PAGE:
Opinion: Raise the minimum wage already


Hope Stapleton, [email protected]

The first federal minimum wage of 25 cents an hour was introduced in 1938 during the Great Depression by former president Franklin Roosevelt.

Since then, it has changed a total of 22 times. In 2008, we saw the last raise of $6.55 to $7.25.

29 states, plus the District of Columbia, have raised the minimum wage higher than the suggested federal wage, which hasn’t gone up from $7.25 in almost ten years. For instance, California pays $13.50 per hour for minimum wage jobs.

Most states decide what the minimum wage should be based off of the consumer price index that is influenced by inflation.

In other words, states with better economies are more likely to raise the minimum wage.

And, unless we have a change nationwide, it is very unlikely that we will see a raise in the minimum wage for Louisiana.

Personally, I have never been able to work and keep a minimum wage job.

After my first paycheck as a host, I looked into waiting tables, where I would receive tips, and other commission based jobs. Because minimum wage is only $7.25, I have actually turned down several jobs offers.

Even in high school, the $200 checks I received bi-weekly was never enough for everything I needed.

Minimum wage jobs require minimum skills. The average full-time worker at a minimum wage paying job makes $15,080 yearly.

These jobs, like a cashier or fast food chains, are seen as occupations for teenagers and students. They may need money for gas, movie tickets or just extra cash.

These jobs aren’t meant to support your entire family and pay all of your bills. They are just jobs to help a kid get by.

Yet, we have people who choose to settle with these jobs instead of pursuing a real career or a trade.

Every day, we have people going the extra mile to go to universities and technical college with promises of degrees to ensure a good job that can support them.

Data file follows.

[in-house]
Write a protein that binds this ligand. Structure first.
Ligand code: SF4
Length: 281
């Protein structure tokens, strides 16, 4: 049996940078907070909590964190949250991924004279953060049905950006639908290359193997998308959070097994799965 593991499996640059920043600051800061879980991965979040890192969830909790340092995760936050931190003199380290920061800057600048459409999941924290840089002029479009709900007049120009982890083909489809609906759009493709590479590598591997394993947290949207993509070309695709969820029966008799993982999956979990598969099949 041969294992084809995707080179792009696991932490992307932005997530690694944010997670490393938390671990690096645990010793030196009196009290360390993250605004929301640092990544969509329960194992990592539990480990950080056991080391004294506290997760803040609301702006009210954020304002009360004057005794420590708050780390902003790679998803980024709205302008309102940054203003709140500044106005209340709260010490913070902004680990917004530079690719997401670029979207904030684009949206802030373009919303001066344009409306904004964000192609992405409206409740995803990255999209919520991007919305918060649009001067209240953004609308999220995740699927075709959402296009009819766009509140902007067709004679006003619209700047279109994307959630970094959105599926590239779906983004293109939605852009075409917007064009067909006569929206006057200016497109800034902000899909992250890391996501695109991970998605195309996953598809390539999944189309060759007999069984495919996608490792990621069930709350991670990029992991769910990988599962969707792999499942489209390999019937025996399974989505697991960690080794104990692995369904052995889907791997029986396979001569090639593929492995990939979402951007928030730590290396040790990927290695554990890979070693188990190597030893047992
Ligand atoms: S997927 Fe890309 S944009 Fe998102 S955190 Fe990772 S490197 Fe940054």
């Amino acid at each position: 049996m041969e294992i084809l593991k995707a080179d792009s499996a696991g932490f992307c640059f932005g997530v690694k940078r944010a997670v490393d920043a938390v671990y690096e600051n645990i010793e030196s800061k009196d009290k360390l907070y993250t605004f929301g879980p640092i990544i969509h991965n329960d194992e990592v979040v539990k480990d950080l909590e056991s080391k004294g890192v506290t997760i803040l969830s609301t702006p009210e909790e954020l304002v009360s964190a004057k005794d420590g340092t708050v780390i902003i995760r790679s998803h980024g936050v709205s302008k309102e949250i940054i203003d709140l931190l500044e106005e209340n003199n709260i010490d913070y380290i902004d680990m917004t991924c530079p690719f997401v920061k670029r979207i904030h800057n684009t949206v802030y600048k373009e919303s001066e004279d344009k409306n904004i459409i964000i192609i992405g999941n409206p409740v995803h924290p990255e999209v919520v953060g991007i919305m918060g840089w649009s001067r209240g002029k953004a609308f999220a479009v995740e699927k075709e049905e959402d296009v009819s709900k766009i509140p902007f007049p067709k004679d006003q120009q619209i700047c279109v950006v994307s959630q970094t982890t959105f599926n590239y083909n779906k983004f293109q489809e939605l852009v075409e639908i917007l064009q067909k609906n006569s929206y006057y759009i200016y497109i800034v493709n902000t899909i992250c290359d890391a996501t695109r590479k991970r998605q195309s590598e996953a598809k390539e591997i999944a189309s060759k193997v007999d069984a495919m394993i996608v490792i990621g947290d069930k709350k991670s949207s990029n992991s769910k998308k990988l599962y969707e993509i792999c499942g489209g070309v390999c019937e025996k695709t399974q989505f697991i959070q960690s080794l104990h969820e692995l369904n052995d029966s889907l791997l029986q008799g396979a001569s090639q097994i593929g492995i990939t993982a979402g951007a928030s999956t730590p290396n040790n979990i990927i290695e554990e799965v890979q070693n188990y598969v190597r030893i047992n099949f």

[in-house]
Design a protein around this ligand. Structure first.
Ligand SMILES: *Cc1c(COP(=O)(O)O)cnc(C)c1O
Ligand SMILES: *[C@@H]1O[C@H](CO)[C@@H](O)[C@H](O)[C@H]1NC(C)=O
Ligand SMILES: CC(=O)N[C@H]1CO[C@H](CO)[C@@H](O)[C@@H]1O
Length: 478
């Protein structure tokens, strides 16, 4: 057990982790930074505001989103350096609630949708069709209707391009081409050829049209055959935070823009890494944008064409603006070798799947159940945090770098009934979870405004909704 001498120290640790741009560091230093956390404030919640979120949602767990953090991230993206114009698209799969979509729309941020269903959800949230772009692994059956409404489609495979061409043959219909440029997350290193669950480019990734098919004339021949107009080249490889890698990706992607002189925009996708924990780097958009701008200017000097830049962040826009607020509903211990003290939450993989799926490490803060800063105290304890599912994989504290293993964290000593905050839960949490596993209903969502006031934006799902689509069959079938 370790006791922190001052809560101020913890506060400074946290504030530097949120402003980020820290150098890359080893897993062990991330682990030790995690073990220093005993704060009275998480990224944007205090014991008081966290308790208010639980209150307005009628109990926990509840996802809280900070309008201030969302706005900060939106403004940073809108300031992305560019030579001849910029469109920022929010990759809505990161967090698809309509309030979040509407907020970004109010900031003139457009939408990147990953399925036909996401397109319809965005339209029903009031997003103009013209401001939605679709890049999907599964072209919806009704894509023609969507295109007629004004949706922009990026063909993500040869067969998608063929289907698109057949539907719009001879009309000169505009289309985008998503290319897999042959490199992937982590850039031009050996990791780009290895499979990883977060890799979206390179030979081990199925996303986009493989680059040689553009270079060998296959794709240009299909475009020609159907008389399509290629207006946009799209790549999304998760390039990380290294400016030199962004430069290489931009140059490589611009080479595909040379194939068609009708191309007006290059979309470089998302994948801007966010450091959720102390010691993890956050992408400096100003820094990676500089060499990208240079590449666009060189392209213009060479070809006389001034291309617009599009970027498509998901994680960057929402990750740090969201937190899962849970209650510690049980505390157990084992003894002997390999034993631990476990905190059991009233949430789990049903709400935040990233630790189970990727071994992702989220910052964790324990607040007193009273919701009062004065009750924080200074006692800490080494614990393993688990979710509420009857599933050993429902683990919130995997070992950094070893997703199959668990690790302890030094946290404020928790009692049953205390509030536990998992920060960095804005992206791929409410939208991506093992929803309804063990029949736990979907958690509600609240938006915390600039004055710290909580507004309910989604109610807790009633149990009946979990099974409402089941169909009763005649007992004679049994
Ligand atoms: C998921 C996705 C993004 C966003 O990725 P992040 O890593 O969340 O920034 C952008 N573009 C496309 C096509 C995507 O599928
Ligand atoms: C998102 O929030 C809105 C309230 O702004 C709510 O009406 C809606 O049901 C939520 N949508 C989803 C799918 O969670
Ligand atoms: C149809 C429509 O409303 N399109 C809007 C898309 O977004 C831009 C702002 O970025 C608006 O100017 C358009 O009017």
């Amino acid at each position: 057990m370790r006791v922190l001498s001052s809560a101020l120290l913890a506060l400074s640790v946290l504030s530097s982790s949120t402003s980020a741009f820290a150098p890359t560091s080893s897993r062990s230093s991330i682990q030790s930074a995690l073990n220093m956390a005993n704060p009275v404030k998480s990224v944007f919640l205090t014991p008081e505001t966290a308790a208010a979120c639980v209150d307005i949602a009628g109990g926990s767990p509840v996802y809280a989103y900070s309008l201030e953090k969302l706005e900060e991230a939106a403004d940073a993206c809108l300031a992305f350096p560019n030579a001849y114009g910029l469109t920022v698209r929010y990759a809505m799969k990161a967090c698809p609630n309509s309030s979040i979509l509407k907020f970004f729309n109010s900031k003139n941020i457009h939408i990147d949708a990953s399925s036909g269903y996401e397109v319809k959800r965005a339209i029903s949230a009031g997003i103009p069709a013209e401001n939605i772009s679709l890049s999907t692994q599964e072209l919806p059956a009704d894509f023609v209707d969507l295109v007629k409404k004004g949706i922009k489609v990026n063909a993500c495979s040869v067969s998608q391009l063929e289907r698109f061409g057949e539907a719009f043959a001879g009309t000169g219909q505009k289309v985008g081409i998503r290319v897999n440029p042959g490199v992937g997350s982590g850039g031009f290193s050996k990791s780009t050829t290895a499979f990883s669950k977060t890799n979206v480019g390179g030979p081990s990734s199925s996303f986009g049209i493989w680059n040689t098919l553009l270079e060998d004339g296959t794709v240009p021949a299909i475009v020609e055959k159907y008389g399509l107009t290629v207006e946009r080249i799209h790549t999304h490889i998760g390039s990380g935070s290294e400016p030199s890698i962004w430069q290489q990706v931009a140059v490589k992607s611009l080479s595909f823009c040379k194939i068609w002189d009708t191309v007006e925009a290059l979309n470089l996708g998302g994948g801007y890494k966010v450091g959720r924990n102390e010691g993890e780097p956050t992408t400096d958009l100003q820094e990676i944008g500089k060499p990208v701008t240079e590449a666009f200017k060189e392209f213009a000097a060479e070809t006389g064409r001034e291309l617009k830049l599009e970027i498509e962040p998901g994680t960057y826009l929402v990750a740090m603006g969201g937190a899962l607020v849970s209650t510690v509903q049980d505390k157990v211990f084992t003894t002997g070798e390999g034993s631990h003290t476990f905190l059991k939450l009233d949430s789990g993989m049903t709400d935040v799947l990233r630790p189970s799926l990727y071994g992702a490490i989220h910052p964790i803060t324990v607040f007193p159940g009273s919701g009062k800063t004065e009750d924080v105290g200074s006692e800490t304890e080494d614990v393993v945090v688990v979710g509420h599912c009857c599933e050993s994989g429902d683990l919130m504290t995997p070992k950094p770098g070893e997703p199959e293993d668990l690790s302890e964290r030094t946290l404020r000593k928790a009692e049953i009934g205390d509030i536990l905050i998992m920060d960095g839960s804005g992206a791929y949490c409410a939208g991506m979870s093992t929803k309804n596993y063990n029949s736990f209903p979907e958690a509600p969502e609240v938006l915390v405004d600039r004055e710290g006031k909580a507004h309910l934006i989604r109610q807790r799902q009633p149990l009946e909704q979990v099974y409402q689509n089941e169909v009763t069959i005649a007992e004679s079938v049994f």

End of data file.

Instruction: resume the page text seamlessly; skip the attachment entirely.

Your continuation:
The cost of living has increased a lot since way back when.

Now, your dollar doesn’t stretch like it used to, because things you need are more expensive.

If we raised the minimum wage from $7.25 to $8.25 it wouldn’t be a drastic change in the budget. By raising the wage just a little it can help your dollar last a little longer.

A dollar raise may not seem like a lot, but it could give motivation to the unemployed citizen.

This would help increase economic activity, stimulate job growth and reduce the government welfare spending.

By increasing the minimum wage the percentage would roll over to those who already make above minimum wage.

From a small survey done in 2014, 53 percent of small business owners believe that with increased wages business would have an employment turnover.

Increased productivity and motivation from workers could also lead to higher customer satisfaction.

The current minimum wage is barely enough to afford everyday essentials and prevents many from having independent housing.

By raising this wage it could help decrease crime and school dropouts while furthering education. More money being made could be one less stress factor.

Increasing the wage can reduce poverty and create pay equality between genders in the work force. The economy does better when people are working. This is common sense.

The decline in the value of wage is one of the many reasons wage inequality exists.

A majority of Americans believe that increasing the minimum wage could eliminate these factors.